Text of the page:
It felt like the fog had lifted finally. I felt more energized, did not want to throw up at the smell of cooked rice and could eat just about anything I wanted. The week before Thanksgiving was a dream, yes. Since I have to cramp the last three weeks of coursework in two and then do my finals before I fly, I requested my professor to give me more work for the long weekend. We had no plans, except sprawl on the couch and take in all the NCAA and NFL action we could. So I thought I could get on top of my assignments and emerge a very intelligent, studious person. As my granddad would say, “God has his own plans, my dear.”

First, K came down with a cold. Poor thing. He is not a very fussy patient: gets very silent and calm. I fussed around him, of course, like Molly Weasley, fluffing his pillows, making hot green tea and hot water for steaming. As he got better, I fell sick. Since I am the fussy one, K spent three days tending to me. I still have a terrible cough but I am getting better, thank you for asking.

Being sick did not stop me from wanting cold treats. I have always wanted to experiment with making ice cream but I don’t have an ice cream maker. A quick search landed me on David Lebowitz‘s blog yet again. Man, David. Sigh. I ogle at his web site everyday. He is handsome, talented and makes me drool… over his food. And he totally makes me want to ditch my life here and run away to Paris in search of my dream! Anyway, back in cold old Down South, I decided to use my recipe and his method to make handmade ice cream. No, I didn’t even use my trusty KitchenAid to make this.

Since this was my first time whipping up ice cream, I went with a basic custard-base vanilla recipe (with a little bit of my touch). Which means this one is loaded with calories. I shall experiment with more low-cal, healthier ones as I go.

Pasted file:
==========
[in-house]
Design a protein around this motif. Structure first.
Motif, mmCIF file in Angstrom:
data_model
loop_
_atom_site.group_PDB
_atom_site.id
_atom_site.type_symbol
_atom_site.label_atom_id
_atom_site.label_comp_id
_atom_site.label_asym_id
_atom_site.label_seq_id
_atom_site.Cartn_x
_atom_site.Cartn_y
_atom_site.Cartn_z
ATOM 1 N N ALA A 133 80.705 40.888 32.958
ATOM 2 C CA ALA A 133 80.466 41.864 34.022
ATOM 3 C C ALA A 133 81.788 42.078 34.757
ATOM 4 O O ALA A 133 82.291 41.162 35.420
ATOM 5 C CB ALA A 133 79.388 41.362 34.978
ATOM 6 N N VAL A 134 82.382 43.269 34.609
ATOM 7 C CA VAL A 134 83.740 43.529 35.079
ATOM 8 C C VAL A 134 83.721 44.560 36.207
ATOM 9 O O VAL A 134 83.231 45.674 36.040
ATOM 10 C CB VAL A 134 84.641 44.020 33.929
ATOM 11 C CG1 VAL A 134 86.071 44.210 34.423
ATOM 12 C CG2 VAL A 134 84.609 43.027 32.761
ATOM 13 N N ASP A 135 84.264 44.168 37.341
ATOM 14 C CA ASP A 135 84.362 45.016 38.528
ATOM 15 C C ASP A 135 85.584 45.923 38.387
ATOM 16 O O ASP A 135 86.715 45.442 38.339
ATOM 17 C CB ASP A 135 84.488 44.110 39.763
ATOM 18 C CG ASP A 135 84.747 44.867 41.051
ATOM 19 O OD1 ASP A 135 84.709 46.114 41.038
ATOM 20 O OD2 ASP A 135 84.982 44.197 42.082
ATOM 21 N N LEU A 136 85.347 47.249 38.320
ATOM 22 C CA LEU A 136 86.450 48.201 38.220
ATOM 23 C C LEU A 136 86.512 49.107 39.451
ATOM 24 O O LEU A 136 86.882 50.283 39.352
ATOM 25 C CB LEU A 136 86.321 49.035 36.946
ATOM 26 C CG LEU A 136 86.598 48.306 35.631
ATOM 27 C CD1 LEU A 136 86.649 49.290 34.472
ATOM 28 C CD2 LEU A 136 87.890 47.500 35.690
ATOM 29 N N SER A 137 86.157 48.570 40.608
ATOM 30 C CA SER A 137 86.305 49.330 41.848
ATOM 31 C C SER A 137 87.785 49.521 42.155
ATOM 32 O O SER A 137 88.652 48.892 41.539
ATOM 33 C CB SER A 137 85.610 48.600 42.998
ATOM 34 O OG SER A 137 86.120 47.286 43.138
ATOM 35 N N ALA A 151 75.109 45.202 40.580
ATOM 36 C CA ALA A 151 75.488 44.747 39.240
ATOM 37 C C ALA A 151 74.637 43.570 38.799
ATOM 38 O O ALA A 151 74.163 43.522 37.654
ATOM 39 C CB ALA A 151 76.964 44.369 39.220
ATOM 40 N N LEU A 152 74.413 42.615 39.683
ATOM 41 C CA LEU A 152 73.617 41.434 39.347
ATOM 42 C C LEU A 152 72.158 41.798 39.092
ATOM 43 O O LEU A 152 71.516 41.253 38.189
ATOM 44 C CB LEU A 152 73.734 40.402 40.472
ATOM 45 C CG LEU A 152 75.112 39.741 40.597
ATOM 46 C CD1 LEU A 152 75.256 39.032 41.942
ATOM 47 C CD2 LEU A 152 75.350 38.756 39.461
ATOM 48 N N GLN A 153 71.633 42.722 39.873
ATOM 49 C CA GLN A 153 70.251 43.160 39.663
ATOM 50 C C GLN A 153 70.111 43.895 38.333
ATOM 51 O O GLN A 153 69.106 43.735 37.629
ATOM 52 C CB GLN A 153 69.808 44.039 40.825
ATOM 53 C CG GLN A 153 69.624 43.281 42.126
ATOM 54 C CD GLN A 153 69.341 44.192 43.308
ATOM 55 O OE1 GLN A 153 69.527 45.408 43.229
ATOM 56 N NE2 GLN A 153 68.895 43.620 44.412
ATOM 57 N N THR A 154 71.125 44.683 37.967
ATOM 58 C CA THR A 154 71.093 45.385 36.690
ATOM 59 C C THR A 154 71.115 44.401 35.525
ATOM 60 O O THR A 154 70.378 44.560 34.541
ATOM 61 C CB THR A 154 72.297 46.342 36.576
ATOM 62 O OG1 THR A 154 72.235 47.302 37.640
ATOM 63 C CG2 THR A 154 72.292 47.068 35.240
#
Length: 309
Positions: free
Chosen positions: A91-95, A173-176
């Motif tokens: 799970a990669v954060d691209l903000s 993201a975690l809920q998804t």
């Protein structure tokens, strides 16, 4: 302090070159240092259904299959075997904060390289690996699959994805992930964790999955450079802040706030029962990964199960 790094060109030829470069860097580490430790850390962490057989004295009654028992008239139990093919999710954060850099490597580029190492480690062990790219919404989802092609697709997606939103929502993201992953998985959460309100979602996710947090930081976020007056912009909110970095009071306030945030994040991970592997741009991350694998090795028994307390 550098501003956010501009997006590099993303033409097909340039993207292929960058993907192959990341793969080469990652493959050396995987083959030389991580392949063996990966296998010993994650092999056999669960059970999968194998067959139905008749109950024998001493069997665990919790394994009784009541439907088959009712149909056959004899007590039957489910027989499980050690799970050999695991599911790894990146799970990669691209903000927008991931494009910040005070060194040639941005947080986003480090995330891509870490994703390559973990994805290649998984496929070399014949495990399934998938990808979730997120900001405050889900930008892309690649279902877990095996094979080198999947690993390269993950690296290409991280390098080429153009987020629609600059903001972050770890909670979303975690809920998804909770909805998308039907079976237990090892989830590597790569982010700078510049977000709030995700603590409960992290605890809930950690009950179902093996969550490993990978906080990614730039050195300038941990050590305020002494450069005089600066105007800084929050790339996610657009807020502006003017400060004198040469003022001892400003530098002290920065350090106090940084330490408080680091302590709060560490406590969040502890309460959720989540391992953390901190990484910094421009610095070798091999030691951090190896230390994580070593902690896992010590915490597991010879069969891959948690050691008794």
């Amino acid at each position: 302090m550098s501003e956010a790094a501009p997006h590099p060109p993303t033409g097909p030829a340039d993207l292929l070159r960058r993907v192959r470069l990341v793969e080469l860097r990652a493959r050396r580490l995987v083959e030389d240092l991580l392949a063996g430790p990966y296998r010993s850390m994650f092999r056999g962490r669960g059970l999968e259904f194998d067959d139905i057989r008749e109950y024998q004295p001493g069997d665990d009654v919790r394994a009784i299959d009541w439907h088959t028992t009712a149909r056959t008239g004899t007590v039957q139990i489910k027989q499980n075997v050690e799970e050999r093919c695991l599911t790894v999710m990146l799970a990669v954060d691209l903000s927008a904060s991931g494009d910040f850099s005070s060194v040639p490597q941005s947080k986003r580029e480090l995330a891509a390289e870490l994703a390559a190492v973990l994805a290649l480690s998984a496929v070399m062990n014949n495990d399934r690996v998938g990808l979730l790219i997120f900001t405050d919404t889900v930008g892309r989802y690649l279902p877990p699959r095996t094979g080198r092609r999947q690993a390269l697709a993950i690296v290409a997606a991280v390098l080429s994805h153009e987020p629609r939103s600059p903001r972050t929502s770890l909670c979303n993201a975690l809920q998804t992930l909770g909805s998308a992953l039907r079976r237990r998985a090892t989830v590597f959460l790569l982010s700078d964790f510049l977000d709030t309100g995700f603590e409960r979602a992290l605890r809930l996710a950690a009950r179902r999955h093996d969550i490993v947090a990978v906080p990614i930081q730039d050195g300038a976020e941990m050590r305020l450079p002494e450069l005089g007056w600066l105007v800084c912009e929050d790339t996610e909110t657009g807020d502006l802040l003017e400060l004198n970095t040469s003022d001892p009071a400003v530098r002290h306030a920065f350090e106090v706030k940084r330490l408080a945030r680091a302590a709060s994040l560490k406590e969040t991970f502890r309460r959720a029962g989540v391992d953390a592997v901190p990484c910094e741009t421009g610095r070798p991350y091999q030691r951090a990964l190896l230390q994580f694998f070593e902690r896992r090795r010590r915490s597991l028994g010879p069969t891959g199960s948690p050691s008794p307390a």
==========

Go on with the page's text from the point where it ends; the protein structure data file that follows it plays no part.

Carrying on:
Vanilla-Almond Ice Cream

Ingredients:
Two cups heavy cream

One cup skimmed milk

Eight egg yolks

One cup sugar (or replace with a Stevia-based one)

One tsp salt

One tsp pure vanilla extract

Half tsp pure almond extract (optional)

Half cup blanched, skinned almonds (you could roast almonds with skin instead, for a nutty flavor), chopped

Method
Heat the heavy cream and milk together over medium heat. When it begins to boil, switch the heat off and give it an ice bath. While it is cooling, mix the egg yolks, sugar and salt into a thick paste. When the milk has warmed, temper the egg yolk paste with a ladle or two of the cream. Pour the tempered solution into the rest of the cream and return the pot to the stove. Switch the heat on to medium-low and keep stirring. The custard is done when it gets thick enough to coat the back of your spatula and you are able to draw a clean line with your finger on it. This is time consuming. It takes so much time that you may want to abandon your project at various stages. Don’t.

Cool the custard in the ice bath again. Mix in the essences and chopped almonds. I used a stainless steel pot so I covered it with plastic wrap slightly touching the surface of the custard. You can transfer it to a plastic/glass container with a lid and freeze it too. Now comes the best past: waiting. You could click on this link for David’s detailed, step-by-step version or follow my poorly (and hastily) written one.

Our primary goal is to break up the ice crystals that form on the custard as it freezes. If we fail, we have a frozen log of custard ice that cannot be consumed. So let the ice cream freeze for 45 minutes. Bring it out of the fridge and you will notice that it has started freezing in the sides. With a spatula or a whisk (or a hand blender), break this up vigorously. Mix it again and freeze. Continue doing this once in 30-45 minutes until the ice cream has frozen completely, sans the ice crystals. When done, transfer to a container with a lid and freeze overnight. The cream gives it a beautiful store-bought texture but your special touch gives it a home made, rustic taste you will not find in commercial products. Enjoy!